However, Wall doubts that McDonagh for all his manufactured outrage is as original a force as he’s hyped. Wall reminds us that Hollywood’s visions—as witnessed by McDonagh’s shift into film with his short Six Shooter and the full-length In Bruges—dominate the London-raised but Connemara-connected playwright’s sensibilities, and that gore goes back to the Greeks. Since the Aran plays of Synge and the reveries of Yeats, the Irish from somewhere else have entered the West to caricature its unrepentant, unreformed natives.
Twice, Wall quotes Richard White’s “nationally imagined” vs. “locally imagined” concepts of the West. Wall adds that, for such as McDonagh, the international distinction vs. the national one works for Ireland, as it did for White for America. The notion of a “simultaneously savage and beautiful” domain captivates ticket buyers for McDonagh’s string of plays and for films.
For those outside this garish spotlight, such as Sean Lysaght, a more solid meaning rests in the modest flora rather than the more advanced, or regressive, fauna stalking McDonagh’s Irish bogs and island rocks. Lysaght’s 1991 poem cycle follows the example, eighty years before The Clare Island Survey, of pioneering naturalist Robert Lloyd Praeger, who roamed the same landscape. The Irish language floats into the names for the plants and flowers, contemplated by Lysaght or catalogued by Praeger.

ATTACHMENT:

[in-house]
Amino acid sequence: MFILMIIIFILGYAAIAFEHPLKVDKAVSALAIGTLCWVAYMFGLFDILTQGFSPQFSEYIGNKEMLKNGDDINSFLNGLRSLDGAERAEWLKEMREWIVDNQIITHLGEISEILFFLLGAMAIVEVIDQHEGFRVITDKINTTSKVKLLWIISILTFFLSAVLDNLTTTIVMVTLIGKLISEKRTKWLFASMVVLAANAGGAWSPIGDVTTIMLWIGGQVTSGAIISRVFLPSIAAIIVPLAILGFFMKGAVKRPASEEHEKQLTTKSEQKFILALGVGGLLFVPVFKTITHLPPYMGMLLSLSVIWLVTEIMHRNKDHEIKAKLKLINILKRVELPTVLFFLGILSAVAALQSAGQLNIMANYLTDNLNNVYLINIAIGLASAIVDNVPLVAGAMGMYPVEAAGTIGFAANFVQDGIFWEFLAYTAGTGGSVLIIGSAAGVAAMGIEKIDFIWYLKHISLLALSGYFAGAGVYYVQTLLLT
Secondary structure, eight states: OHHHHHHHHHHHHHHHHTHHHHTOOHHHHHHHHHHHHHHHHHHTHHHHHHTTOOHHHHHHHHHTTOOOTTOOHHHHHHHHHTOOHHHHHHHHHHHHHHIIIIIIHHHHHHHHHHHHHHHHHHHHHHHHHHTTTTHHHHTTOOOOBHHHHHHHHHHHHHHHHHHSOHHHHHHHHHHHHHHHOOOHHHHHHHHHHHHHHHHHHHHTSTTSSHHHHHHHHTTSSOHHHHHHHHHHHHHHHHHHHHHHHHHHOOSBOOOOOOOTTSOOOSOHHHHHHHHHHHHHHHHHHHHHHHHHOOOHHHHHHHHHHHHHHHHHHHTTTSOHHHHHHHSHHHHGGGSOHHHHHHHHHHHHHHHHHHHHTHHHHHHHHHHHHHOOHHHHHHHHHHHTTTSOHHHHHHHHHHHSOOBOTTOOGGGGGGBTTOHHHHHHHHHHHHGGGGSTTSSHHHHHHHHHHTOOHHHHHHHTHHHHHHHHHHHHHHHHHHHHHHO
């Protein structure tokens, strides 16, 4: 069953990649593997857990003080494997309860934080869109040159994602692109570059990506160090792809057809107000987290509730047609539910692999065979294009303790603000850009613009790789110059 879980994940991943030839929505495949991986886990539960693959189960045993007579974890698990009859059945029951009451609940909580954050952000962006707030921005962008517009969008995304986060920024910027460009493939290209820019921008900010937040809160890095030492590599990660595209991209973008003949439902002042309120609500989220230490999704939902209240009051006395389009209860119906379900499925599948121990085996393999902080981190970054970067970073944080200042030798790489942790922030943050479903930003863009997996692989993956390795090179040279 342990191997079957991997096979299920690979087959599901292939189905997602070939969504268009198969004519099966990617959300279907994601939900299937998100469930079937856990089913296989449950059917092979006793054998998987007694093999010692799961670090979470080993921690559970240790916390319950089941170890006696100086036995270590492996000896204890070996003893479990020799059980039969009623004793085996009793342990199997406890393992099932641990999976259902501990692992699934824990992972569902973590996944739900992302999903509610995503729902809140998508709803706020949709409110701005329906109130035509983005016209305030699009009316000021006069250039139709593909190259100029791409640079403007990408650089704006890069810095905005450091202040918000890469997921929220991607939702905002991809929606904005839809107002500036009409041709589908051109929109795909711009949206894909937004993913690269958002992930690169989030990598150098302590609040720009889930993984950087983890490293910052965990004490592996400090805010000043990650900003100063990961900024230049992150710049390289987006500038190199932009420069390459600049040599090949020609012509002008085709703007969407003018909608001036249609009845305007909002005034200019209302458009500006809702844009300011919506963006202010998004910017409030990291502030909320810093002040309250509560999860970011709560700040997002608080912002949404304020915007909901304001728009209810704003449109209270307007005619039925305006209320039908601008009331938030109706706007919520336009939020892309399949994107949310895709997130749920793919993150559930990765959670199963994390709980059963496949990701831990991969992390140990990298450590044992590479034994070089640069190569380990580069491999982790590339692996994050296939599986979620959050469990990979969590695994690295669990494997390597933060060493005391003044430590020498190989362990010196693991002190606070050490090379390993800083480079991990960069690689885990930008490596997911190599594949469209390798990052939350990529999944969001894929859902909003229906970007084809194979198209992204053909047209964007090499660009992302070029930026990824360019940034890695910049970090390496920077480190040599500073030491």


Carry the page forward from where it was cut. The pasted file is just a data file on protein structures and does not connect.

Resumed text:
Finally, Moya Cannon’s Galway-city residence does not keep her from poetry which captures the bioregional. Wall sets Northern English poet Kathleen Raine’s verse next to Cannon’s to find similar longings. And, circling back, he also finds connections to Gary Snyder’s examples.
The first three essays originally appeared as journal articles. They demonstrate the shift in tone from his easygoing preface, as Wall assumes the role of scholar confidently. He takes on considerable challenges in simplifying Robinson’s admirable but dauntingly elaborate explorations of Irish landscapes. Wall stretches to include travel writers and two fellow countrymen and contemporaries of Robinson, Colin Thubron and Bruce Chatwin. Wall’s perspective widens, but its depths demand close attention in this very ambitious article. The erudite and lofty reach extended by Wall in his pieces on Robinson, Murphy, and O’Malley means that the reader must cling to some rather attenuated tendrils which curl far from their Irish-American grafted roots.
I would have liked more inclusion of Irish-language authors. As Wall argues, these indigenous interpreters remain far less known, inevitably. This volume could have assisted in guiding a wider audience to the plays of Antoine Ó Flatharta, the many local storytellers and singers distributed by Cló Iar-Chonnachta, or the lyrics of sean-nós (old-style unaccompanied) singers such as Caítlin Maude or Róisín Elsafty. He does cite the better known poets Maírtín Ó Diréain, Cathal Ó Searcaigh, and Nuala Ní Dhomhnaill, if largely in passing. Wall’s admission of decayed fluency in Gaeilge attests to the costs as well as the benefits of a long time abroad.
Although pitched at an academic audience, readers familiar or not with these writers may wish to learn more. Wall integrates eco-critical foundations. He avoids theoretical jargon or literary theory-mongering. While stuffed with references and sprinkled with citations, he deploys his learning lightly, considering the usual contributions by most professors to criticism today. Professor Wall succeeds in directing attention to an innovative, cross-cultural field of earth-based, multidisciplinary research.
"Deep at the existentialist heart of this story there's a solemn treatise on the socially inequitable struggles between the worlds of the child and the adult.READ the article